During the apartheid years in South Africa,  Archbishop Desmond Tutu commented that “There can be no non-racial sport in a racist society”.

Adopting the same thinking, sport in South Africa cannot be free of child abuse whilst there continues to be such high levels of violence against children in South African society.

The University of Cape Town recently released South Africa’s first study on the national annual incidence of child sexual abuse in the country. Conducted by the university’s Centre for Justice and Crime Prevention and the University of Cape Town, the research has revealed ground-breaking information on the extent of sexual abuse crimes committed against children and young people.

The following facts were reported by BHEKISISA the South African Health Journalism:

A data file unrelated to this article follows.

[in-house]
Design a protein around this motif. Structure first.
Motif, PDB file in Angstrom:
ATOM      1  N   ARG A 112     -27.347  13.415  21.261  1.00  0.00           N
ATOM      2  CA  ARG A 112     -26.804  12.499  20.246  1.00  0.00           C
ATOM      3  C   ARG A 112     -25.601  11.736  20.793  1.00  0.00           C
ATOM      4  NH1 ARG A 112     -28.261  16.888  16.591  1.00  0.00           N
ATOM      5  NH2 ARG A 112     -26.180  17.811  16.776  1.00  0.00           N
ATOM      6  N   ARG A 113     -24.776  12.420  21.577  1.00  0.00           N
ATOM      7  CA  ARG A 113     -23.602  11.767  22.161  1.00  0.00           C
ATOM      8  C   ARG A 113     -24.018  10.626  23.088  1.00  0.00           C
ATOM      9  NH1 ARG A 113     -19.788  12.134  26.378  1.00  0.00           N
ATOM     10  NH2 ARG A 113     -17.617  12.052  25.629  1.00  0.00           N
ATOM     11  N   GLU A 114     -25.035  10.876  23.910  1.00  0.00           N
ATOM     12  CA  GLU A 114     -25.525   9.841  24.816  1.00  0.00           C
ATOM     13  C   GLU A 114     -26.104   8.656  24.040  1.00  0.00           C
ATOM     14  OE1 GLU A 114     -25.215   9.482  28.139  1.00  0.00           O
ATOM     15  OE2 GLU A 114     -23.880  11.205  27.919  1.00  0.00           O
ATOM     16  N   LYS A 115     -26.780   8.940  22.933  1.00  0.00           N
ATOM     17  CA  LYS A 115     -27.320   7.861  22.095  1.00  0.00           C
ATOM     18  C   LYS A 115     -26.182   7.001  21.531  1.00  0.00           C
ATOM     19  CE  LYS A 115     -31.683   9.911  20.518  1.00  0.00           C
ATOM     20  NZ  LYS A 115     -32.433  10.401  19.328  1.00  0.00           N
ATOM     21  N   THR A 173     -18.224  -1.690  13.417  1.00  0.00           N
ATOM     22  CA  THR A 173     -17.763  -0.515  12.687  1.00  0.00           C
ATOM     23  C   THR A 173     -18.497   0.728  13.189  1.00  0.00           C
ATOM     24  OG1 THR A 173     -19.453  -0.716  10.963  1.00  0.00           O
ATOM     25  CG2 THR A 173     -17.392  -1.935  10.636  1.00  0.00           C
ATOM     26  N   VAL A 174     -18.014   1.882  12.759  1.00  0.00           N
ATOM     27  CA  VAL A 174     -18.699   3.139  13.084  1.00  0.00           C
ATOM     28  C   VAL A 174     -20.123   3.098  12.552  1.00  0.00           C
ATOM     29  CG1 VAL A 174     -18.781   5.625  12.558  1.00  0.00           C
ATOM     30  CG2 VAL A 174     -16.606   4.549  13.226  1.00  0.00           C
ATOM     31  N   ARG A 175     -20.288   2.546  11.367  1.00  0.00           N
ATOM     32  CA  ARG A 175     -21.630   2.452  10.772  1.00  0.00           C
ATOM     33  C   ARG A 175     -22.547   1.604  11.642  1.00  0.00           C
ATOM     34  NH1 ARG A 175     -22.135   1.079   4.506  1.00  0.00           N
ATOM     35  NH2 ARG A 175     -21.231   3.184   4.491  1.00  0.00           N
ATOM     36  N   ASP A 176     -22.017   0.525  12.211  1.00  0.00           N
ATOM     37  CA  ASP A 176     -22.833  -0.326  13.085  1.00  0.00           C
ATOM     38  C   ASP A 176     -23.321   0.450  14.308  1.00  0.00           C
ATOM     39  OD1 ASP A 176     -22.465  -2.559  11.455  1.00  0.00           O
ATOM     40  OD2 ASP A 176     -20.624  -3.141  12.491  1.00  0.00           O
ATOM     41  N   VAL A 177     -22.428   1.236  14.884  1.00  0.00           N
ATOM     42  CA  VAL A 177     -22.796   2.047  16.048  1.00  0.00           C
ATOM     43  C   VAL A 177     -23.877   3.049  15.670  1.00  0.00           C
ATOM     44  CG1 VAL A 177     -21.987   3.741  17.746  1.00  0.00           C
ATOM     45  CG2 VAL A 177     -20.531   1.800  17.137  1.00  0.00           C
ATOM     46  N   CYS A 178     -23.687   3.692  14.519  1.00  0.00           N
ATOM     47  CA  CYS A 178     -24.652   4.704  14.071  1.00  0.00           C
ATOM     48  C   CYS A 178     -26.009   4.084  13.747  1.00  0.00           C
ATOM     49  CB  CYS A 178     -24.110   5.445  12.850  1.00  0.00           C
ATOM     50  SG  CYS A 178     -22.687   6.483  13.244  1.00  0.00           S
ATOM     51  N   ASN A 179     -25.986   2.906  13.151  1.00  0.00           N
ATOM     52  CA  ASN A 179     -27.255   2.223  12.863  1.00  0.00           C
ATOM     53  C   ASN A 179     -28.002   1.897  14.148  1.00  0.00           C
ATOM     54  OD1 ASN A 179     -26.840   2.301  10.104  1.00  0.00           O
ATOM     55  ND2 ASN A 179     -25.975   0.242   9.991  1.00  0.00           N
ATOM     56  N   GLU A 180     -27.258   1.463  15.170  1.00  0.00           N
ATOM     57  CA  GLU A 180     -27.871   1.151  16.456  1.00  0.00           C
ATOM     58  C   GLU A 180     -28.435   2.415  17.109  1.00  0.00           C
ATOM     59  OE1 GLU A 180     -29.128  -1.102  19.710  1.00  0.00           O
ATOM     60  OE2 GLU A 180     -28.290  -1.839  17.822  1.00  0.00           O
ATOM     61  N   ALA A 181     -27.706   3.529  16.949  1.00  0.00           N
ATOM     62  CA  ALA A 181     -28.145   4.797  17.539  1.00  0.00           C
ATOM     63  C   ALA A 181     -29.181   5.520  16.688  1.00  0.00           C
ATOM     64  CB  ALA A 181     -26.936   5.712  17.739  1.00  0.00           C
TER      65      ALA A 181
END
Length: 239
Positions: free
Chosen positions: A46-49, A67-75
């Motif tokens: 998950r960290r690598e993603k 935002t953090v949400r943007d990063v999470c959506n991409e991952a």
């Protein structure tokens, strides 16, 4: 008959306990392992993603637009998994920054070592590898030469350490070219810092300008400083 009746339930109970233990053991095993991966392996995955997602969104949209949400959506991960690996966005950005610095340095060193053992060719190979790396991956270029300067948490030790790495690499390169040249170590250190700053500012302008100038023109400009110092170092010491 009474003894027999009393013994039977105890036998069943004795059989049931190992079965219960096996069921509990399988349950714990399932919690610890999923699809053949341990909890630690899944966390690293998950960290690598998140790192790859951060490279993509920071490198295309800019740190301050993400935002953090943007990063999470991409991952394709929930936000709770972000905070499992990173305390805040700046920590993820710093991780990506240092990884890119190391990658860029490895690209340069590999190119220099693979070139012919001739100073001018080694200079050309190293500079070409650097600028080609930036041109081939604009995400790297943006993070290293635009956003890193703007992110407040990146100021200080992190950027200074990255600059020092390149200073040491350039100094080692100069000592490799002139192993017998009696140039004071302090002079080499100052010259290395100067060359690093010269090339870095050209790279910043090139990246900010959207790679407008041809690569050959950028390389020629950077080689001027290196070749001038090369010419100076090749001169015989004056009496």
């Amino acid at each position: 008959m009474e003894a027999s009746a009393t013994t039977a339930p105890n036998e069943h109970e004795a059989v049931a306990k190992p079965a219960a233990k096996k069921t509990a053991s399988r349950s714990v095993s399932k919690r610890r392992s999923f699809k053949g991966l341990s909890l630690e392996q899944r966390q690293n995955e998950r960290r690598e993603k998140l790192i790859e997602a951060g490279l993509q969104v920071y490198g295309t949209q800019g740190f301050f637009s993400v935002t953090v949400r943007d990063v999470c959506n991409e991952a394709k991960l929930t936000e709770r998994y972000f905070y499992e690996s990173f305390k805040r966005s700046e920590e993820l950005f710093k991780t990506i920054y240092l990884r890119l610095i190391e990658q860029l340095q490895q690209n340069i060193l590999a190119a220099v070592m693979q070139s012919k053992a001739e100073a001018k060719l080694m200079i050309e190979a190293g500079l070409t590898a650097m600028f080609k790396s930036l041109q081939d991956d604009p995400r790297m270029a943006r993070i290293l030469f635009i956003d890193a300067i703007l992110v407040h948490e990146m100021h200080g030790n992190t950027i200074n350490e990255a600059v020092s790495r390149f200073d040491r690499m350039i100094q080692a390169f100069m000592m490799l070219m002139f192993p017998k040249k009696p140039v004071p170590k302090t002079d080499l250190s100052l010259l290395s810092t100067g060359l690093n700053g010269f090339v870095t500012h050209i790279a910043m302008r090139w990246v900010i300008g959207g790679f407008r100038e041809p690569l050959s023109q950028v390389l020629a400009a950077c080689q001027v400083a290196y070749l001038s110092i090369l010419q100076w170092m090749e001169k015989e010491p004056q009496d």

One in three young people report a sexually abusive experience in their lifetime. A total of 784 967 South Africans have been abused sexually at least once by the age of 17. Almost half of these cases occurred in 2015 alone.

Boys reported higher lifetime prevalence rates of sexual abuse (36.8%) than girls (33.9%) unlike previously thought. However, the nature of the abuse is often different. Girls are more likely to experience contact sexual abuse, where they are physically touched, and boys are more likely to experience exposure abuse, where the child is forced to see sexual images or incidents. Males are twice as likely as females to be “forced to look at someone’s private parts, forced to watch them masturbate or to view nude pictures or pornographic videos”.

Children reported higher rates of adults they know abusing them sexually (8.2%) than adults they don’t know (5.5%). Half of the young people reporting abuse by an older person they know say that the incidents happened more than once. But, 90% of those who report abuse by an adult they have never met say that the incident happened only once.